Tuesday, November 27, 2012

Wow, what a great piece on the afterlife of the Grateful Dead at the New Yorker... by Nick Paumgarten...  and particularly interesting from a retromaniacal point of view because of its focus "on the Dead’s transformation, over time, from living thing to library", all the paradoxes entailed in "something intended to be spontaneous and ephemeral" becoming "a curated body of work"

 In one of the best passages in this long, long feature,  Paumgarten gets escorted by the Dead's official archivist Dave Lemieux to visit the Dead's tape vault, now in the custody of Rhino and just one zone within the vast cenotaph of sound maintained by Warner Bros up in Burbank:
Are you ready to enter the holy portal?” [the Warner Bros archivist/guide] asked. We passed through a door into a vast climate-controlled hangar of shelves loaded with boxes containing the reel-to-reel multitrack recordings of studio sessions and concerts of hundreds of artists. There was a smell of vinegar—the disintegration of old magnetic audiotape. We wandered the aisles, tunnelling through music. Ray Charles, Wilson Pickett, Gene Autry, Yes, Coolio, Jean-Luc Ponty, Teddy Pendergrass, Winger. “Three-quarters of this place is unissued,” he said. He pointed to a rack of reel-to-reels: Otis Redding, live, 1967, never circulated. Another set of shelves contained hours and hours of Aretha Franklin songs that have never been released.

“Drool,” Lemieux said.

The Dead’s section was toward the back, surrounded by a chain-link fence. It was a vault within a vault—a Holy of Holies. The funny thing was that the Dead’s stash, sealed off from the rest, had long been by far the most porous of all. Every year, new old music gushes forth. “That’s what makes the Grateful Dead unique within this building,” the archivist said. “David is using it all.”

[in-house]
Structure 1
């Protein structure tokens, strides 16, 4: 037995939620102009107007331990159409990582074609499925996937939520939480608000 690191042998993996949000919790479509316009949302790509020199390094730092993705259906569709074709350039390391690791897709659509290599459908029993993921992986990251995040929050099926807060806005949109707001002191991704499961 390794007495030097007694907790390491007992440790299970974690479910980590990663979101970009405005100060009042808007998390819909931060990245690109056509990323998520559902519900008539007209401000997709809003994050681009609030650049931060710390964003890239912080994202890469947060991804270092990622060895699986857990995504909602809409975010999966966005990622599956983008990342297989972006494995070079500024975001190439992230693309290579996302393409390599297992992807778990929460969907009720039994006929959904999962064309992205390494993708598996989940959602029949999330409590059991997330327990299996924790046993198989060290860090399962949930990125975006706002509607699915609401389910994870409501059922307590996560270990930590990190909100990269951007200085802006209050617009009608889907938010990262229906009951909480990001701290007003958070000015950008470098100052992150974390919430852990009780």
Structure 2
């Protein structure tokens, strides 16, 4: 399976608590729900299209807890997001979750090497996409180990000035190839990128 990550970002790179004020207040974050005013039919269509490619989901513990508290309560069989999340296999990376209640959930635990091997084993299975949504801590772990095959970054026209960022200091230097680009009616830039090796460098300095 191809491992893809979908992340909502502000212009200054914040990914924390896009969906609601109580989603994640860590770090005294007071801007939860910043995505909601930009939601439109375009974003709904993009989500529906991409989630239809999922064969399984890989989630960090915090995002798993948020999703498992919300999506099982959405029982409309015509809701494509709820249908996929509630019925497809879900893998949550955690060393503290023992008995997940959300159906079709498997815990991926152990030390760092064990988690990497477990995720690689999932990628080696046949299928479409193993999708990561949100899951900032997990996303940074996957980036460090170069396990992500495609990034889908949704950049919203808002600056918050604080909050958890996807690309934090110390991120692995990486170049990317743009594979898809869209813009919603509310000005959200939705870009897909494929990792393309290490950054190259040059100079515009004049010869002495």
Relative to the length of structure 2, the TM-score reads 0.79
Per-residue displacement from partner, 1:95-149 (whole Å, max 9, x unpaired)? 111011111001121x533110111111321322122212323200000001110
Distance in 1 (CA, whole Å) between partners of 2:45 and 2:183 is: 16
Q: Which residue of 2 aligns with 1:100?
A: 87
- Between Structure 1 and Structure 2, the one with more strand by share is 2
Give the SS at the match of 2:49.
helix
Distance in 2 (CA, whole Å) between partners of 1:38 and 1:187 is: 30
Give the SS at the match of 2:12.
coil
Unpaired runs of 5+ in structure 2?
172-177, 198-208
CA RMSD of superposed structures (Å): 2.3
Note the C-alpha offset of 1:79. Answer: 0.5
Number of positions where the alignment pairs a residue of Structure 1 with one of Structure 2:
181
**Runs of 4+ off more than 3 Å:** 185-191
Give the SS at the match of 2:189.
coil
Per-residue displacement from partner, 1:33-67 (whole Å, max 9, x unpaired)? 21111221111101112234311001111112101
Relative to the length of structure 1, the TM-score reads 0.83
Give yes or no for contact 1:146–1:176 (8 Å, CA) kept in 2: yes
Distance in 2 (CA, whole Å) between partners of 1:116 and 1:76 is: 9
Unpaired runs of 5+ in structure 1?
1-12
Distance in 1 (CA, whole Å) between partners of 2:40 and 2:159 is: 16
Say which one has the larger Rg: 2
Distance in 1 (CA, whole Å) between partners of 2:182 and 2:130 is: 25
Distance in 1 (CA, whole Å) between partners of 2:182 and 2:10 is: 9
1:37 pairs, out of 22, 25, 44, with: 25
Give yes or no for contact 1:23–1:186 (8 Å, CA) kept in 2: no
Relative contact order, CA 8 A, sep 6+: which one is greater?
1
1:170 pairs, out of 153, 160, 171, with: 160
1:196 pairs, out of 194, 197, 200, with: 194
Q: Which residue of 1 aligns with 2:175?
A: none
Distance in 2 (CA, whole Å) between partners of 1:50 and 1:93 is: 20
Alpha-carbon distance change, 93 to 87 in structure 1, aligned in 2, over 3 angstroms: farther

He opened a padlock. We stepped inside. There were two long aisles, with a line of bays on either side. There were fifty-four bays. Each bay was about four feet wide and nine shelves high, with as many as a hundred tapes per shelf. There were big reels and small ones, cassettes and digital audiotapes. The arrangement wasn’t strictly chronological. The system was arcane


C.f. the previous post on Lee Gamble's 'ardkore 'auntology using his old pirate radio tapes (or that Tape Crackers doc). c.f. also Ariel P's Worn Copy... howzabout this then on the oh-so-particular flava of Deadhead taper's recordings that then get copied and re-copied as they circulate among the community of fans...  

"Even the compromised sound quality became a perverse part of the appeal. Each tape seemed to have its own particular note of decay, like the taste of the barnyard in a wine or a cheese. You came to love each one, as you might a three-legged dog....

"Each had a character and odor of its own, a terroir. Some combination of the era, the lineup, the set list, the sound system, the recording apparatus, its positioning in the hall, the recorder’s sonic bias, the chain of custody, and, yes, the actual performance would render up a sonic aura that could be unique. Jerry Garcia claimed to be a synesthete—he said that he perceived sound as color. Somehow, I and others came to perceive various recordings, if not as colors, as having distinct odors or auras."